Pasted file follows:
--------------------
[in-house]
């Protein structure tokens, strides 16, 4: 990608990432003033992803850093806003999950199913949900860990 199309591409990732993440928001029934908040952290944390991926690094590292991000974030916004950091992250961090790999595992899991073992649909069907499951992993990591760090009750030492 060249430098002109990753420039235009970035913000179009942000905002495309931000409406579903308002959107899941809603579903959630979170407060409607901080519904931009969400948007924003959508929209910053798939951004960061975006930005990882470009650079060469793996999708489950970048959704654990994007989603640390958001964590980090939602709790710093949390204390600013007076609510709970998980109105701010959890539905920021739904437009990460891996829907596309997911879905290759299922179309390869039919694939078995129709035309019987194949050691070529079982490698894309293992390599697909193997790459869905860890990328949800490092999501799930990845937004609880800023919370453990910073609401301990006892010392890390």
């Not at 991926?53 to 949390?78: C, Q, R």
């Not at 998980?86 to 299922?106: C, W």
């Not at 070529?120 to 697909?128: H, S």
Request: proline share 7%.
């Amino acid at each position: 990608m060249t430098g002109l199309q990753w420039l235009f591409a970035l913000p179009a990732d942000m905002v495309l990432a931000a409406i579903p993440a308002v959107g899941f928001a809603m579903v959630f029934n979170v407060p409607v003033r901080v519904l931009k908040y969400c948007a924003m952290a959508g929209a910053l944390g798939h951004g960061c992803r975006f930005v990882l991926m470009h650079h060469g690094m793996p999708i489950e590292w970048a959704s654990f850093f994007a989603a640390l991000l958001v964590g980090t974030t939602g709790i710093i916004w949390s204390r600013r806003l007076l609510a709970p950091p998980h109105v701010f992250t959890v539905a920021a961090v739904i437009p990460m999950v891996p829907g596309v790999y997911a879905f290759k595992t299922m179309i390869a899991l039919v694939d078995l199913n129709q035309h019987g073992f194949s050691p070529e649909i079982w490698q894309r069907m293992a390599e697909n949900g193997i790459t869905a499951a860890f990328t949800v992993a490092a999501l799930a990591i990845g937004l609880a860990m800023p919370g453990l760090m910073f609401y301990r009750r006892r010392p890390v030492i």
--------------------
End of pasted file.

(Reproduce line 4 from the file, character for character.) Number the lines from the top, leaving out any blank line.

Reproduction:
């Not at 998980?86 to 299922?106: C, W």